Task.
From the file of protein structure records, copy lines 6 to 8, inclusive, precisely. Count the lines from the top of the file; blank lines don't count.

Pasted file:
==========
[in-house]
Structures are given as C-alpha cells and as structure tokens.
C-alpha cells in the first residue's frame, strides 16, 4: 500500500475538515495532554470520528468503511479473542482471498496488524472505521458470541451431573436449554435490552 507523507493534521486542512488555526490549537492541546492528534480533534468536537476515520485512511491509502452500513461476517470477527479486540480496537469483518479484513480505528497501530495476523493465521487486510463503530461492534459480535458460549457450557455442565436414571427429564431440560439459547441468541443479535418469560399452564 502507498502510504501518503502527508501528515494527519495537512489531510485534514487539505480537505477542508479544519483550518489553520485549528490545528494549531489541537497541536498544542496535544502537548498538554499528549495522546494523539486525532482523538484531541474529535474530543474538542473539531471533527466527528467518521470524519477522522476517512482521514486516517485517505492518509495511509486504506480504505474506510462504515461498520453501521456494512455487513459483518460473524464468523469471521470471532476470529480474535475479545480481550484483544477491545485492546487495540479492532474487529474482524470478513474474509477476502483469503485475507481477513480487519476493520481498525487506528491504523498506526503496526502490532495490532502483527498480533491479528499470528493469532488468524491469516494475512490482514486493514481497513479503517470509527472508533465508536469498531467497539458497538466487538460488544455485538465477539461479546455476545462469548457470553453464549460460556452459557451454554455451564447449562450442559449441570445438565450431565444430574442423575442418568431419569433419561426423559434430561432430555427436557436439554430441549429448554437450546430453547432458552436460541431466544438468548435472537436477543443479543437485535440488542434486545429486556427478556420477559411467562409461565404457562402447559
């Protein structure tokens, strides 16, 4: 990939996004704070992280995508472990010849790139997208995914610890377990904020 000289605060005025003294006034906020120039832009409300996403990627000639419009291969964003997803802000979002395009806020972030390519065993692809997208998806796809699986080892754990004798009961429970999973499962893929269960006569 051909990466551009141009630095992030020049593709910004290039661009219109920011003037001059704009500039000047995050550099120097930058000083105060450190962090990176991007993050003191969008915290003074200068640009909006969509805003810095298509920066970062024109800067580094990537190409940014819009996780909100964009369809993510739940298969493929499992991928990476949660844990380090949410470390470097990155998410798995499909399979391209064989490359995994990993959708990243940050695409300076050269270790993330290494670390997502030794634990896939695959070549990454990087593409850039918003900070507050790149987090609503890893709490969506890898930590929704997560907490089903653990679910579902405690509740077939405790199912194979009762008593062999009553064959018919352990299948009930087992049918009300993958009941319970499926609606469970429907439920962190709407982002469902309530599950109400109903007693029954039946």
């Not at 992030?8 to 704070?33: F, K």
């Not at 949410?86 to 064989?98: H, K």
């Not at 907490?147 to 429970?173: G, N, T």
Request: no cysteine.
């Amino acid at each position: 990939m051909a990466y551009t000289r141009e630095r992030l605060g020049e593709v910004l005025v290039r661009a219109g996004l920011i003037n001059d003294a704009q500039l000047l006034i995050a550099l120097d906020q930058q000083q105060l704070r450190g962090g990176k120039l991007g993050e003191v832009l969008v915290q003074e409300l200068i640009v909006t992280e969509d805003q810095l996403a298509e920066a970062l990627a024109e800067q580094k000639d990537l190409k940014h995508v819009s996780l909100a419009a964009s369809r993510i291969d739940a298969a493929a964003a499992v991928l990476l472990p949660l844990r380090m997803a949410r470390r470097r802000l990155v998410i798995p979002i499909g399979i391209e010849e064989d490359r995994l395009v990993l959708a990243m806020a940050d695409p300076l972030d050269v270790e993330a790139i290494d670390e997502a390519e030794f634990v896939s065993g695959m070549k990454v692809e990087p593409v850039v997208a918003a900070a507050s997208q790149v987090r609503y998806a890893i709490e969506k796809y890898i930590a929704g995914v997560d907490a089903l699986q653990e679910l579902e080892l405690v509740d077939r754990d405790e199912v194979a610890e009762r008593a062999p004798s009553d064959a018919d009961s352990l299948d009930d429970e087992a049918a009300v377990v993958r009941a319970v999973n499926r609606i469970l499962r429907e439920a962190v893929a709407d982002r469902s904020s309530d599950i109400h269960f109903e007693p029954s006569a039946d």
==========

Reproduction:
């Not at 949410?86 to 064989?98: H, K």
């Not at 907490?147 to 429970?173: G, N, T």
Request: no cysteine.